French Toast

Pair it with: Trillium Pot & Kettle Oatmeal Porter

Why it’ll taste great: Paxton notes that since French toast is so dang decadent (what with its caramelized sugars and maple syrup), you need something to “stand up to those flavors.” Yeah, you protest those French toast flavors, beer! Oh, is that...is that not what he meant? Regardless, the beloved Boston brewery’s Pot & Kettle is undeniably a match for the sweet treat: the English porter has “velvety smooth oats that add mouthfeel and complexity,” along with dried fruit notes of cherry, prune, raisins, and dates. You know what goes great with smooth oats and fruit notes? (Holy crap, that rhymes!) French toast! (Still rhymes!)

Cold Pizza

Pair it with: Sierra Nevada Sidecar Orange Pale Ale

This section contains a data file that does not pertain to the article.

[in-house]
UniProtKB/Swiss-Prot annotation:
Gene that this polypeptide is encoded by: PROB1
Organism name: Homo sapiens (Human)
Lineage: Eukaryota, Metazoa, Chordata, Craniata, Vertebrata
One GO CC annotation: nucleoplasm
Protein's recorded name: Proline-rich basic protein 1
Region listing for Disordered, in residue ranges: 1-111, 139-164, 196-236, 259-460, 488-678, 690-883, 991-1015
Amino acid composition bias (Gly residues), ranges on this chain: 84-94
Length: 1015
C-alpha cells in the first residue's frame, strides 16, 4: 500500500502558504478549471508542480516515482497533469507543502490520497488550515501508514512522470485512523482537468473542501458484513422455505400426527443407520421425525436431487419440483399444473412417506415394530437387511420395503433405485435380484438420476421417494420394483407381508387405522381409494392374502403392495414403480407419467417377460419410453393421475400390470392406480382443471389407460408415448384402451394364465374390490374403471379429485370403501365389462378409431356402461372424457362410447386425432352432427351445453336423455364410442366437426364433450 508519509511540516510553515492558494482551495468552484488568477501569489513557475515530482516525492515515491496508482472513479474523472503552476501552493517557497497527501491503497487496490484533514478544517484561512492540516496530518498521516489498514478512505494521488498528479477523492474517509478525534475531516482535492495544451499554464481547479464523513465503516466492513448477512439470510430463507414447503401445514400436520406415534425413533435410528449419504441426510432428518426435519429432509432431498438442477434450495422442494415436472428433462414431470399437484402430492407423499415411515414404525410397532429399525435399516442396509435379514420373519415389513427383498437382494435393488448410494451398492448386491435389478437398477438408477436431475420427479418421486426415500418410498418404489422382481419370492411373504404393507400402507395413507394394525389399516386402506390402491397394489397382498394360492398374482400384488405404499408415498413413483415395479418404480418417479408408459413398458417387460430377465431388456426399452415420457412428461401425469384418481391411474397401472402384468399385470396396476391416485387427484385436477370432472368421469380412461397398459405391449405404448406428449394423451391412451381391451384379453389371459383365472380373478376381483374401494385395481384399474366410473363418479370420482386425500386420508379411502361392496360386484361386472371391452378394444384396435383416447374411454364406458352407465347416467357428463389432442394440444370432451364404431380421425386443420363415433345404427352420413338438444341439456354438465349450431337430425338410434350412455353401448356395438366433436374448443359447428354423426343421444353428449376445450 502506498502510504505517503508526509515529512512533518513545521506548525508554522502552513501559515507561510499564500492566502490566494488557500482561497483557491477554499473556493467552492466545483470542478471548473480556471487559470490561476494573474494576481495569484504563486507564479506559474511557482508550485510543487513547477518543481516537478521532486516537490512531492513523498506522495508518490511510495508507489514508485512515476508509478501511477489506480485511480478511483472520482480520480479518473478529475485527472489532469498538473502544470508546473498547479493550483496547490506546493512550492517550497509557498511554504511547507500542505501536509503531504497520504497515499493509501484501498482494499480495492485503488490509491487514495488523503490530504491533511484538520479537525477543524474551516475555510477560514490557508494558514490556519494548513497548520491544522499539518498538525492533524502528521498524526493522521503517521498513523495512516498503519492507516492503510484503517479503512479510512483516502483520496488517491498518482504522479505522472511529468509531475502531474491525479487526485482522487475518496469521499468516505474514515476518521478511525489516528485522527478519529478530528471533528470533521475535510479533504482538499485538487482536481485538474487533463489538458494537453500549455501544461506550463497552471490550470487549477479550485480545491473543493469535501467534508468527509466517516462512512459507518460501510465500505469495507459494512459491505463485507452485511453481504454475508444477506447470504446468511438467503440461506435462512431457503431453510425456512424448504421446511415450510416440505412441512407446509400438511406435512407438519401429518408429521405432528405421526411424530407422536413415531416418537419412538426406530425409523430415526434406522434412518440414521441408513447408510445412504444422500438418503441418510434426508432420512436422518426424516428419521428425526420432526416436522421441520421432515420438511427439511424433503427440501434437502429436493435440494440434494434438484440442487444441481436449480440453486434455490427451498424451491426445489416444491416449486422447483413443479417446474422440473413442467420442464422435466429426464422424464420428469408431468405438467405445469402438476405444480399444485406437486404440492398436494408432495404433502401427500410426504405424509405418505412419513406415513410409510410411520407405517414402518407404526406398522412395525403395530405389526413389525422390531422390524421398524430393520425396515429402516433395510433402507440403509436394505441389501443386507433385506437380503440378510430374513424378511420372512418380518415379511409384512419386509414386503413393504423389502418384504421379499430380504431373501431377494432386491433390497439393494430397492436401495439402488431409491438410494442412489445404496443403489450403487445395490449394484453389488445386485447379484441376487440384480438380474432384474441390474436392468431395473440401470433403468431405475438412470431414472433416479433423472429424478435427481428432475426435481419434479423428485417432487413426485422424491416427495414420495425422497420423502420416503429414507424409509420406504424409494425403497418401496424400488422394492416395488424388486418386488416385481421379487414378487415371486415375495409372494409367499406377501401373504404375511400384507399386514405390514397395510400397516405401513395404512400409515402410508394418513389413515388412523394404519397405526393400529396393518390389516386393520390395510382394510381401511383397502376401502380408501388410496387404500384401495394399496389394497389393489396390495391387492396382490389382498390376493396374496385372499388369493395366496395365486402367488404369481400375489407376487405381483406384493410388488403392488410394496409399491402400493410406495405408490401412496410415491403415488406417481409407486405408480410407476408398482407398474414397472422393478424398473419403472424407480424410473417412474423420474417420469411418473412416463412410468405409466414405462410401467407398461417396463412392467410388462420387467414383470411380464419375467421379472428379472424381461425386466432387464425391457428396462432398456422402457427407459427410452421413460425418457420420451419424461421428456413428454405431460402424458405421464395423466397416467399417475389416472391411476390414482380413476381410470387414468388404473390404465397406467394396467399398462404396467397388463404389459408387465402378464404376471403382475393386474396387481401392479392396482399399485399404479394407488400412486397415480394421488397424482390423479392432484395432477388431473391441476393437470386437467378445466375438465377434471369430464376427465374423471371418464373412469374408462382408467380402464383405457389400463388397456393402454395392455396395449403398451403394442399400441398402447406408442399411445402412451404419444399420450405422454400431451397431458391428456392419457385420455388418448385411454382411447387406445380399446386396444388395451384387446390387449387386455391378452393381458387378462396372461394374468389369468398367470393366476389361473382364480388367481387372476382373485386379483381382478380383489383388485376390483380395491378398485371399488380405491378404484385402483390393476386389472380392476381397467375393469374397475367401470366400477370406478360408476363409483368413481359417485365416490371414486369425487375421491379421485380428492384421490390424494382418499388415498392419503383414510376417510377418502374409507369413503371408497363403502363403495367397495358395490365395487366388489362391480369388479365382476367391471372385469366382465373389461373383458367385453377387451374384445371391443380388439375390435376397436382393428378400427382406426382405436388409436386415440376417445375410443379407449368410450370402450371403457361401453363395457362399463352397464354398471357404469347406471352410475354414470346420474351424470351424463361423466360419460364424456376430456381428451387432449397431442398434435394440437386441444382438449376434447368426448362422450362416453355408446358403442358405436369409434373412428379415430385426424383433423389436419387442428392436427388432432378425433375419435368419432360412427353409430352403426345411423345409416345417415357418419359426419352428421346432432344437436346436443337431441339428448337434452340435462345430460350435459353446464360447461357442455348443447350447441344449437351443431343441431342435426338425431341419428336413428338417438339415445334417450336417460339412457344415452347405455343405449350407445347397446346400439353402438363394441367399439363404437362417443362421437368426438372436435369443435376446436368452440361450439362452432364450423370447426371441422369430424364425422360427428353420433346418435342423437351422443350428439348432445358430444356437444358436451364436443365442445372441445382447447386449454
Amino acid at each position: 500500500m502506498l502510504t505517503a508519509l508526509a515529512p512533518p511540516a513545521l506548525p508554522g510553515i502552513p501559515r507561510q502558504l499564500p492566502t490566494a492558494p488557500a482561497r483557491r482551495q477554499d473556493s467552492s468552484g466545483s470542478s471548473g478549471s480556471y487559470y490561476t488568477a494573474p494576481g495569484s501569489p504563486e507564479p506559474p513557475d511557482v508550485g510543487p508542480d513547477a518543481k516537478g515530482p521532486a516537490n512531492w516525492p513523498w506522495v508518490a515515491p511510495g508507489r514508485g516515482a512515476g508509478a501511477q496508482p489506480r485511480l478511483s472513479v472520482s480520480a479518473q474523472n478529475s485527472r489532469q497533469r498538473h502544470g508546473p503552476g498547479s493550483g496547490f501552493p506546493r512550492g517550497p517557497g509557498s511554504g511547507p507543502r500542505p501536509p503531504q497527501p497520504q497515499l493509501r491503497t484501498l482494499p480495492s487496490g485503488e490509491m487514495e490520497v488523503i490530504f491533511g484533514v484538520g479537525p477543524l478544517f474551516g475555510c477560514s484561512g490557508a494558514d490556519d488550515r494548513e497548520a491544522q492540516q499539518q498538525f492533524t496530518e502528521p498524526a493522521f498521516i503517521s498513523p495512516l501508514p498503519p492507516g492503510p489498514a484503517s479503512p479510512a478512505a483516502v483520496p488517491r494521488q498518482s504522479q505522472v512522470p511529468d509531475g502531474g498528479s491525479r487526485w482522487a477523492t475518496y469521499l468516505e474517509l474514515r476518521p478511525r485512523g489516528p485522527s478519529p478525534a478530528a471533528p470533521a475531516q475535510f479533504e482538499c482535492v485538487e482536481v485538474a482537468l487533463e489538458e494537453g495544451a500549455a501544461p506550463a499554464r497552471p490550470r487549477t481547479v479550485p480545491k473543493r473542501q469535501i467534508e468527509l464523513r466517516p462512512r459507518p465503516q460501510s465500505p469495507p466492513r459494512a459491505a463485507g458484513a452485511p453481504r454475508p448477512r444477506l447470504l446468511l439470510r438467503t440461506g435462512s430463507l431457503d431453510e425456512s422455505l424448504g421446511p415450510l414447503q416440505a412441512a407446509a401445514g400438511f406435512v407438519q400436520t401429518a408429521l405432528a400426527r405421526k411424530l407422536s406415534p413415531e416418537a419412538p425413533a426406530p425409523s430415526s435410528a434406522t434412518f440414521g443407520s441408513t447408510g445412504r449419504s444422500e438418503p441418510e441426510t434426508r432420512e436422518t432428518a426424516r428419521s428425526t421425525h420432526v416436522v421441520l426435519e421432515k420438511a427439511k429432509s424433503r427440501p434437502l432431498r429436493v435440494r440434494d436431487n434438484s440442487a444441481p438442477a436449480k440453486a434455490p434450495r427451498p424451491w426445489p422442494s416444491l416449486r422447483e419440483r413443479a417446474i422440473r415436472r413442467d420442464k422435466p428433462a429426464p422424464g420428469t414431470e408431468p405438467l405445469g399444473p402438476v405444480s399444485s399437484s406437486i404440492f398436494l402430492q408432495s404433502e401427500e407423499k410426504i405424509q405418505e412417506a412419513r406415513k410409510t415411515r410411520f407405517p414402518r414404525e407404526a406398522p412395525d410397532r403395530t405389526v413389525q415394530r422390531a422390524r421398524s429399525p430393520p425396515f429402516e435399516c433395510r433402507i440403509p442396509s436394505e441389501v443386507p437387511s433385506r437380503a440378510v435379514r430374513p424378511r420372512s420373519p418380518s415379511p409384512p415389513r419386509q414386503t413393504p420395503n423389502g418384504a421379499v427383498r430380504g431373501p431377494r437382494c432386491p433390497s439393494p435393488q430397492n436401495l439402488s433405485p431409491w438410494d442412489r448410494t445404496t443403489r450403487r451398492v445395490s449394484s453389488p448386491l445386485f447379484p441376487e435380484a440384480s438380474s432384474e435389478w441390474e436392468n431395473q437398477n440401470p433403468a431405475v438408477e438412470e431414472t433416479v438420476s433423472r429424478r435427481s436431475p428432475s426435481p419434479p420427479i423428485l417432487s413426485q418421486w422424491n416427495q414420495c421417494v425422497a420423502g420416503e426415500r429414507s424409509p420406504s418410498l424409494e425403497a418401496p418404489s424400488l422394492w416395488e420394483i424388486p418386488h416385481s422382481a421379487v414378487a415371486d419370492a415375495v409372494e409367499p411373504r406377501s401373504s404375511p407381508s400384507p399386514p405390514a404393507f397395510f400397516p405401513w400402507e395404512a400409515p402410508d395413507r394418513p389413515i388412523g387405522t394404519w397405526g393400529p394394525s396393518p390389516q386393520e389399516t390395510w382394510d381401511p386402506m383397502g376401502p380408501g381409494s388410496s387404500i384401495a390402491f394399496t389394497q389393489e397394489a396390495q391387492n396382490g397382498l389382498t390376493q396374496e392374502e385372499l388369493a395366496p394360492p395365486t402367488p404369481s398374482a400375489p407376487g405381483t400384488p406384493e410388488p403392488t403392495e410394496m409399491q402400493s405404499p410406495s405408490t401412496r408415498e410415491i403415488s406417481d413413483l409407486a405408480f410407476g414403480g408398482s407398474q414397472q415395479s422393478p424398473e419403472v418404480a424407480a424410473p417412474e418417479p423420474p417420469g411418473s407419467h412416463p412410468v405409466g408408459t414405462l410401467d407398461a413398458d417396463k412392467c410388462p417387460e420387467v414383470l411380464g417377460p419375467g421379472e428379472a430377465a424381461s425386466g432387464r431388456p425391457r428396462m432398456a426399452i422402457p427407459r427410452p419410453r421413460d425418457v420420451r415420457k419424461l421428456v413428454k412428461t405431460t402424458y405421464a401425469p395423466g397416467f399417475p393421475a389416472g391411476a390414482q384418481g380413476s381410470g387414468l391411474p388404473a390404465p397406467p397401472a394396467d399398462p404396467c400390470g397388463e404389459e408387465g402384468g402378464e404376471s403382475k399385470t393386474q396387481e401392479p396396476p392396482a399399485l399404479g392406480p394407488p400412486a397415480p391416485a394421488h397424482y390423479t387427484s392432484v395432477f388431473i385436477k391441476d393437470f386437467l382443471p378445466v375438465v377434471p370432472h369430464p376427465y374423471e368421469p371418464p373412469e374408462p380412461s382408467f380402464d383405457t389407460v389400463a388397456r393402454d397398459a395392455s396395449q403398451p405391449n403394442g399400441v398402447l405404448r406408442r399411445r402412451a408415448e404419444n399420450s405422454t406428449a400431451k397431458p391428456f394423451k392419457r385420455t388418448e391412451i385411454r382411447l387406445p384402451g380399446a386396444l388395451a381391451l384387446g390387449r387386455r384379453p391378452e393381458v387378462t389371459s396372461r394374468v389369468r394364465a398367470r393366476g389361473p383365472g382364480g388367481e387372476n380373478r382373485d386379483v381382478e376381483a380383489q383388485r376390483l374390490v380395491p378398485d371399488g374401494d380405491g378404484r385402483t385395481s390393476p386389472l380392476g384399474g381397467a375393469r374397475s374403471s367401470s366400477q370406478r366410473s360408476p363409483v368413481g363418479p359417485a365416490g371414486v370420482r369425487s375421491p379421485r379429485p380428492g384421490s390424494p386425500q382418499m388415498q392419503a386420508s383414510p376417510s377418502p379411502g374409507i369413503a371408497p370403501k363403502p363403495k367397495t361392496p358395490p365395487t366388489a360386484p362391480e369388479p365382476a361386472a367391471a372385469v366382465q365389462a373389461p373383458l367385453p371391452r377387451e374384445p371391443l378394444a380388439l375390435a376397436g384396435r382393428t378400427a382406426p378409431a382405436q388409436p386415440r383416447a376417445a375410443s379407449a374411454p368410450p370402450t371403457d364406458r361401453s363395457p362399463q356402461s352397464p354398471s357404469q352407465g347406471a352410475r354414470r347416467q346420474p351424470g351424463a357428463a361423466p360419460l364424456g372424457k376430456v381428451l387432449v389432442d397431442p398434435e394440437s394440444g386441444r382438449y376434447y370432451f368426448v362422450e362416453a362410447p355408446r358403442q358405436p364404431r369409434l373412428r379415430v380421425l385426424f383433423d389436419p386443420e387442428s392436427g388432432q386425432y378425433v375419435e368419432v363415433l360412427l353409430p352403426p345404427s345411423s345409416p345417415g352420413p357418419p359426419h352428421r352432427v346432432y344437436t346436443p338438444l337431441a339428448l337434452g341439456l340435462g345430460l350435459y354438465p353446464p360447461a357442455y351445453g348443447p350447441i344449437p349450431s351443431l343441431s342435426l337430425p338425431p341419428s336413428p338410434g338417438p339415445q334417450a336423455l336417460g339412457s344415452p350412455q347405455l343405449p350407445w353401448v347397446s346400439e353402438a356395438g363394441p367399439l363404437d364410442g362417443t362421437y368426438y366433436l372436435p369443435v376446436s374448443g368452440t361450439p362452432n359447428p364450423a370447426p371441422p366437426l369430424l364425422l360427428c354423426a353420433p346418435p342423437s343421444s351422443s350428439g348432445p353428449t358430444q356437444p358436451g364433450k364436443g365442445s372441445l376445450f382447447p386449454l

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Why it’ll taste great: If anyone in your home makes a mimosa, feel free to yawn in their face for being so boring, and then grab a Sierra Sidecar out of the fridge. You’ll get similar flavors in a beery package. “A Sierra Nevada Sidecar Orange Pale Ale is like a glass of adult orange juice, full of citrus bite, with a touch of bitterness that rounds out to an orange orchard,” he says. My, that’s a lot of orange. But you need the oranges, because eating cold pizza in the AM usually means you had a pretttttty rough night. It also usually means that you’re consuming toppings that include “solidified sausage fat, bell peppers, onions, and pepper flakes.” It’s going to take a flavorful beer to cut through those flavors. Even better, Paxton says the malt backbone of the beer “enhances the pizza crust’s yeasty flavors and bready texture.”